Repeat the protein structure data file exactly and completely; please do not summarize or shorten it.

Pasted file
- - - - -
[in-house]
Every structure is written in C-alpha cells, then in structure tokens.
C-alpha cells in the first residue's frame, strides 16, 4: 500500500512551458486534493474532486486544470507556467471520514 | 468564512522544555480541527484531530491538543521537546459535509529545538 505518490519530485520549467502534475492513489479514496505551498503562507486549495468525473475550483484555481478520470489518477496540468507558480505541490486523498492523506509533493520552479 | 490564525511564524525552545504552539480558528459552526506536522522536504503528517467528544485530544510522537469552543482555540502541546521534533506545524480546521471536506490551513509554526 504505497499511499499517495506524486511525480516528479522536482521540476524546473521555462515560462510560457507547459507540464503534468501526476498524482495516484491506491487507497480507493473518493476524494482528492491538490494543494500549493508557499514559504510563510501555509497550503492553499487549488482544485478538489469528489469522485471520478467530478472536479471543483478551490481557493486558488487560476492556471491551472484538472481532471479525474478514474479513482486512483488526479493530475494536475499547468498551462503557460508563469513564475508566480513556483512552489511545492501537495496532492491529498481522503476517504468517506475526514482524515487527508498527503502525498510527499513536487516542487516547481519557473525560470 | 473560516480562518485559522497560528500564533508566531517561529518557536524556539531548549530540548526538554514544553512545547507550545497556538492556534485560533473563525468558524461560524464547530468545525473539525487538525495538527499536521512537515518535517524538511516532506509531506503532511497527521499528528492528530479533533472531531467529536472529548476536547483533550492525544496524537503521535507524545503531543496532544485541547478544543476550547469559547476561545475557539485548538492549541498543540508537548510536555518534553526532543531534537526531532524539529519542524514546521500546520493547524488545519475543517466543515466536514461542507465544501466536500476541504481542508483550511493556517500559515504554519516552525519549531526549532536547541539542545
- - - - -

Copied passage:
[in-house]
Every structure is written in C-alpha cells, then in structure tokens.
C-alpha cells in the first residue's frame, strides 16, 4: 500500500512551458486534493474532486486544470507556467471520514 | 468564512522544555480541527484531530491538543521537546459535509529545538 505518490519530485520549467502534475492513489479514496505551498503562507486549495468525473475550483484555481478520470489518477496540468507558480505541490486523498492523506509533493520552479 | 490564525511564524525552545504552539480558528459552526506536522522536504503528517467528544485530544510522537469552543482555540502541546521534533506545524480546521471536506490551513509554526 504505497499511499499517495506524486511525480516528479522536482521540476524546473521555462515560462510560457507547459507540464503534468501526476498524482495516484491506491487507497480507493473518493476524494482528492491538490494543494500549493508557499514559504510563510501555509497550503492553499487549488482544485478538489469528489469522485471520478467530478472536479471543483478551490481557493486558488487560476492556471491551472484538472481532471479525474478514474479513482486512483488526479493530475494536475499547468498551462503557460508563469513564475508566480513556483512552489511545492501537495496532492491529498481522503476517504468517506475526514482524515487527508498527503502525498510527499513536487516542487516547481519557473525560470 | 473560516480562518485559522497560528500564533508566531517561529518557536524556539531548549530540548526538554514544553512545547507550545497556538492556534485560533473563525468558524461560524464547530468545525473539525487538525495538527499536521512537515518535517524538511516532506509531506503532511497527521499528528492528530479533533472531531467529536472529548476536547483533550492525544496524537503521535507524545503531543496532544485541547478544543476550547469559547476561545475557539485548538492549541498543540508537548510536555518534553526532543531534537526531532524539529519542524514546521500546520493547524488545519475543517466543515466536514461542507465544501466536500476541504481542508483550511493556517500559515504554519516552525519549531526549532536547541539542545